"I’m a big fan of the use of constraints in writing fiction, especially in the beginning. Who can write a word when the options are limitless? This is something the Surrealists and Oulipo understood. Adhering to a predetermined set of rules that severely limited your options, paradoxically, your mind was opened to all sorts of crazy hitherto unthought possibilities. Apparently the human brain just can’t come up with such originality on its own, hobbled by its own inability to sift through the endless combinations of words and situations, all hanging right out there in the open.
"To that end, I’m going to help you out. Here are three titles for stories of the future, drawn from my vast repository of Roger Corman-esque plotlines (i.e. picked out of a hat):"
1. Parisian Anarchist Courtesans On Strike!
2. Celibate Wiccan Rock ‘n Roll Commune
3. Confessions of a Baptist Nightclub Janitor
- Length of the piece is up to you. It could be a sentence, a paragraph, a page, five pages (!).
- Pieces should be based one of the above supplied prompts as chosen by The Judge.
- Deadline is July 15, 2010.
- Entries should be included in the body of an email sent to: twodollar[at]twodollarradio.com.
- Winning entry will receive a personalized, signed copy of The Orange Eats Creeps, a Two Dollar Radio tee shirt of their choosing, and their entry will be posted on this here blog.
Xiao is at work on a series of paintings depicting scenes from The Visiting Suit. Three of the paintings are completed: "The Visiting Suit" (title story, painting also featured on the cover to the book); "A Thorough Materialist Has Nothing to Fear"; and "The Devil's Trill."
The plan is to celebrate the release of The Visiting Suit with a gallery showing of Xiao's artwork in November. More details to come.
Monday, June 14, 2010
The summer issue of BOMB Magazine is now out. In it, you will find an excerpt from Barbara Browning's forthcoming THE CORRESPONDENCE ARTIST, called 'Santutxo Etxeberria.'
Browning will be reading with other BOMB contributors July 13 in Tompkins Square Park.
In other reading news, Francis Levy will be reading tomorrow (Tuesday) night from his new novel, SEVEN DAYS IN RIO, at the Writer's Room in NYC.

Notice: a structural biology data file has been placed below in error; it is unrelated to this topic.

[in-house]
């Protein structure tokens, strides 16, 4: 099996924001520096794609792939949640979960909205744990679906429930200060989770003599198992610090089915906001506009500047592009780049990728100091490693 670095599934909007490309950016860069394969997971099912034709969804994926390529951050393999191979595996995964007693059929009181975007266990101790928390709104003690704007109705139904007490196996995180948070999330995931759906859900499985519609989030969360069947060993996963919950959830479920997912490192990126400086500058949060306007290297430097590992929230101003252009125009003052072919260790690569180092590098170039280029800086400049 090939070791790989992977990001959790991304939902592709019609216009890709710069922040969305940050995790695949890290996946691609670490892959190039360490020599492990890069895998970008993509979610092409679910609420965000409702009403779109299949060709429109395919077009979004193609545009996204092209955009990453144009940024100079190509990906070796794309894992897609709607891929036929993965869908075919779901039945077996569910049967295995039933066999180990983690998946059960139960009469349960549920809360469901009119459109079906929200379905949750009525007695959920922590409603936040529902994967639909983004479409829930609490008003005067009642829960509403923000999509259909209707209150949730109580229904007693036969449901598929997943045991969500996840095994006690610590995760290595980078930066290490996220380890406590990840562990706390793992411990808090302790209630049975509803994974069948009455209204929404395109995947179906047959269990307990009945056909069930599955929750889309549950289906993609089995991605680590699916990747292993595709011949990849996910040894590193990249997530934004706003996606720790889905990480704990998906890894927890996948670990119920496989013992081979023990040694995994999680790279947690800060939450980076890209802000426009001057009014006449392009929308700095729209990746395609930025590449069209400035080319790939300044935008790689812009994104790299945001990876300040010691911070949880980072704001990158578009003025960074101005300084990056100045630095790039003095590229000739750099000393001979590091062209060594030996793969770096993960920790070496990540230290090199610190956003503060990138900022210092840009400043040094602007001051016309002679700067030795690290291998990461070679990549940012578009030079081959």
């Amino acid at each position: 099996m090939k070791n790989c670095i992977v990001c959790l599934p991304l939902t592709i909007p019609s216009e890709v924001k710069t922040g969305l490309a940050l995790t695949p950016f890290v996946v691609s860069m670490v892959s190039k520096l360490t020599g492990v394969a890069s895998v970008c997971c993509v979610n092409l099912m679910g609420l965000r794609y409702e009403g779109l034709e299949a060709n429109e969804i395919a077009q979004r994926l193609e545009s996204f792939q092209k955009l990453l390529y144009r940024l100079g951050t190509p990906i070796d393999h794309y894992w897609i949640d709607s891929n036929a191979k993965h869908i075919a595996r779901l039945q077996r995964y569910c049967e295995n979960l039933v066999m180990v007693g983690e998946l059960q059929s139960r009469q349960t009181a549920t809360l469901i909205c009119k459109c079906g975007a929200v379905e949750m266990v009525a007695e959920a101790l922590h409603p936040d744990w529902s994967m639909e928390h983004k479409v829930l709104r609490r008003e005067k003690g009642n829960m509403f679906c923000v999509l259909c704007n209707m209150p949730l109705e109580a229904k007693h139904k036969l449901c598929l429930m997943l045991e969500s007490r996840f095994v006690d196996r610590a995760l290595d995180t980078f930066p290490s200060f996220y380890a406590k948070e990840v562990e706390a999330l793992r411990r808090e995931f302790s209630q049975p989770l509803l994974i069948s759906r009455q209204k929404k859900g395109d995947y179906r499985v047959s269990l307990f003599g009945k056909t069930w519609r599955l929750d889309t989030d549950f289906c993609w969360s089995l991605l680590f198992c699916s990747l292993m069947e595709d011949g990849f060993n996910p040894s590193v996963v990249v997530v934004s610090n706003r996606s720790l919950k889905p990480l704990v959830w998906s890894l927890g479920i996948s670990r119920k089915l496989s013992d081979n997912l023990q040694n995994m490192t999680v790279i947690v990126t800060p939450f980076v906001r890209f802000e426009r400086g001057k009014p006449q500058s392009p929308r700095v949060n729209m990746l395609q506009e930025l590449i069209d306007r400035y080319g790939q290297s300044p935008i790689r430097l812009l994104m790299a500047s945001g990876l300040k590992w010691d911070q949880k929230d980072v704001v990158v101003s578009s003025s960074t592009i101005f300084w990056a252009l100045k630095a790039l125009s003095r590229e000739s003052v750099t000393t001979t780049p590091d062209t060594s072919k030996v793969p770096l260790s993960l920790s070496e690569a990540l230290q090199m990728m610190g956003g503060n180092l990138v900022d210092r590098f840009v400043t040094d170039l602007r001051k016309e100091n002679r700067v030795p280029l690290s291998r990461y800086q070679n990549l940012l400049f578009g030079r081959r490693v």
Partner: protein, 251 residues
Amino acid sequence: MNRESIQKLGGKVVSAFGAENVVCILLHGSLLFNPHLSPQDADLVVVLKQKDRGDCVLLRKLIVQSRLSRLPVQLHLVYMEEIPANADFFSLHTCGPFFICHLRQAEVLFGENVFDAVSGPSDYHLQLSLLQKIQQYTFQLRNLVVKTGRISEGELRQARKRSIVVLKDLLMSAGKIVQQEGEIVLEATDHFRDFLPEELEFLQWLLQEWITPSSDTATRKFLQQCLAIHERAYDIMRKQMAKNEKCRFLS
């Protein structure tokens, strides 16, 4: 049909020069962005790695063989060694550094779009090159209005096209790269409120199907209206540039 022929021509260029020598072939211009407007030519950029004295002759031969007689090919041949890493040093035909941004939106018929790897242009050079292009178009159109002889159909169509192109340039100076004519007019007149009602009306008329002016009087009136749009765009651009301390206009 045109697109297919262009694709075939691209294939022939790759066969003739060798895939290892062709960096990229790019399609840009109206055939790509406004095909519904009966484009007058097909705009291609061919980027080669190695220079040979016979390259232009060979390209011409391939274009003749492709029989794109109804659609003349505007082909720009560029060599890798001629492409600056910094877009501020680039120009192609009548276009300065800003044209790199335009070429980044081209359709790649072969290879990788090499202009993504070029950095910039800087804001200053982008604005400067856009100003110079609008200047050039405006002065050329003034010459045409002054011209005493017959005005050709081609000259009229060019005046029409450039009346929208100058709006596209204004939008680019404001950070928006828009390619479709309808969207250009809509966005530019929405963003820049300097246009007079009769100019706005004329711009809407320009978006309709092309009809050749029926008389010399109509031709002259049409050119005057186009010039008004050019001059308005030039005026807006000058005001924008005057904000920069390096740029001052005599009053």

If you missed it, Guernica Magazine excerpted THE VISITING SUIT: STORIES FROM MY PRISON LIFE by Xiaoda Xiao in their June issue. The story, titled 'Li Minchu - The Cost of a Dream' in the book, re-dubbed 'Nixon's Nose' at Guernica: "In Maoist China, a political prisoner feels his way through a Kafkaesque tableau of rumors, betrayal, interrogation, and execution."
Read 'em at the beach, at the lake, or with your feet dipped in the ankle-deep water of a kiddie pool.
Friday, June 04, 2010
Thrift Classification: The difference between estate sales, yard sales, flea markets and digging around behind the big Goodwill in Lincoln Heights
Estate Sales: The belongings of the aged are redistributed into the community. Every object in the house has a price tag on it, situated in pretty much the same way it had been when they lived there, for 50 or 80 or however many years. You pay one of the family members in the living room -- where they will most likely be sitting on the couch watching TV behind a card table full of costume jewelry. There’s a reassuring kind of constant at these events: jars of washers in the garage, enameled saucepans in the cupboards, housecoats in the closet.
Yard Sales: Beware of tarps piled high with baby stuff. Drive on by. That sale will feature zero items from before 2002 and will be boring and sparse. A tip, no matter what kind of thrifting you’re doing: Show the cash. Here’s how it’s done: If I want to buy a stack of Tepco restaurantware cups and saucers and I’m given a price of $20 I will ask if the seller will take $10, then flash $14 when they balk -- ‘cause they will, you’re asking for a big discount. Show the cash. They will take it. Another thing is to have small bills. If you’ve talked somebody down on the price, don’t then proceed to give them a big ol’ bill to break, so they can see you could have paid the full price.
Flea Markets: Best in off-the-beaten path areas. Some of the more interesting stuff can be found in towns like Palmdale, South Lake Tahoe, Yucca Valley, etc. Places where stylists don’t go (that often). The Rose Bowl is cool and all, but I don’t like the pre-sorted, boutique-y aspect of the primo flea markets. I like junk-for-cheap that might surprise me. Pretty much sums up the whole endeavor.
Church Rummage Sales: Get there in the waning moments when everything you can stuff into a grocery bag is a dollar. There’s no point in getting to a church rummage sale early, it’s just the same crap. I’m not going to take a chance on this BanLon scooter dress for $6 early in the day. I’m going to wait till the end, stuff it in a grocery bag and pay .08 cents, then who cares if it doesn’t fit?